As we moved into George’s office things became friendlier. We found so much common ground between us that we started talking seriously at first but later on the light side with a laugh which followed almost every paragraph. Right from the start though I realised that what we went through in the process of settling in Australia happened like a carbon copy to both our fmailies. What we recognised as mis-treatment mainly by government migrant settlement policies at the time was part of what caused the divisions between Australians and ‘New Australians’ or ‘New arrivals’, (everyone knows today that the only true Australians are the aboriginees) was not the proper way to treat people who left their homes for a better life.
The only difference in our views was that George kept insisting that there are remnants of this culture even today whilst I was trying to find a change, an improvemnt, something to celebrate about.
But come to think of it now as I write this report, remnants of the treatment we received asylum seekers are receiving today. Being isolated, being treated as something different rather than the embrace we all expected from the system that brought us here. Furthermore the changes in policies and understanding that we see around us today was not because all of a sudden the Australian government became the wiser and decided to change them, but because the children of these mostly unskilled migrants became lawyers, politicians, doctors and these children in turn became the voice which brought about fairer and lasting changes.
The government decision in the mid-nineties which forbid the word ‘wog‘ as a derogatory term was only achieved after migrants in this country fought for their rights, and after many years of being let down by the system. Personally, it must be said at this point, I witnessed it first hand since I was one of these people who were called ‘wogs‘. The situation even prompted me to write a whole story about it which may eventually make it to Diasporic, however it is to be published elsewhere first.
Getting back to the meeting in George’s office we carried on like two little children who found they could share the same toys and at the same time give something back into history from what they saw and felt.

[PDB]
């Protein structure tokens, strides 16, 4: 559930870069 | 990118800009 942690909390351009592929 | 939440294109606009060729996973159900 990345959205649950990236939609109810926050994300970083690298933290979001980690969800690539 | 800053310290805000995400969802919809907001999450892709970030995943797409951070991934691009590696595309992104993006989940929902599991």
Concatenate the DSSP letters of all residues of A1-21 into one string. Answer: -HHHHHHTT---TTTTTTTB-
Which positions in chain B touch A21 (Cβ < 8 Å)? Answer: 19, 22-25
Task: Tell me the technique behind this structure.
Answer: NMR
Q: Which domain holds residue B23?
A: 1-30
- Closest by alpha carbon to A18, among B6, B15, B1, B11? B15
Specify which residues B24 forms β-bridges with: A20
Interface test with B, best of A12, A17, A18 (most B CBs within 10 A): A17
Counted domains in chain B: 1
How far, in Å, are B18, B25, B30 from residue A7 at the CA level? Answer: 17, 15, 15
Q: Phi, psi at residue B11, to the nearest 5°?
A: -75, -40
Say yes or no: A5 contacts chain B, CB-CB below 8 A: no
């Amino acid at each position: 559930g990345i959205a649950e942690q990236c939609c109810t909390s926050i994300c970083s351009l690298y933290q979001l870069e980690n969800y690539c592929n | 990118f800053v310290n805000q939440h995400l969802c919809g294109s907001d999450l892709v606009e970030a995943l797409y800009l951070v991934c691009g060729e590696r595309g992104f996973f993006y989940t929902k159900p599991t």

Below Diasporic has some of the conversations which I must admit at times included words which may not be published, nevertheless relieving and historic. Oh how I regret that I didn’t meet George and his brother Con a long time earlier than this…!
Here following is approximately how the conversation progressed. Firstly George started talking about his brother Con. Con is an illustrator who was involved in many publications, some very famous ones too, that helped shape this country into what it is today (please press play to the left here):
Every time I have similar conversations they remind me of my time in Bonegilla, where we were placed in the first two weeks of our lives in Australia as a family of five children. The high wire fence around it as well as the sub-standard food offered will never be wiped off my mind.
Then we discussed ‘New Australians’. Those who were not part of the same lot, but they were new, hence they needed to be ‘Naturalised’, as if they were ‘unNatural’ before.
And as ‘New’ Australians we had to behave in a certain way, we had to have a certain manner that made us stand in the crowd, distinct from everyone else we should assimilate with.
Finally we got to the core of the problems. It was time to say the word ‘racism’ in order to move ahead and rise above these petty matters that created so much division in the Australian community as a whole. Sadly there still is a lot of racism in this country…
Even from here and this article I would like to thank George for his generocity to spend so much time in order to show me around his ‘home’. I would like to also thank him for sharing with me his inner thoughts. For me it was an eye-opener and a recollection of memories past that were hidden in a forgotten post within my brain.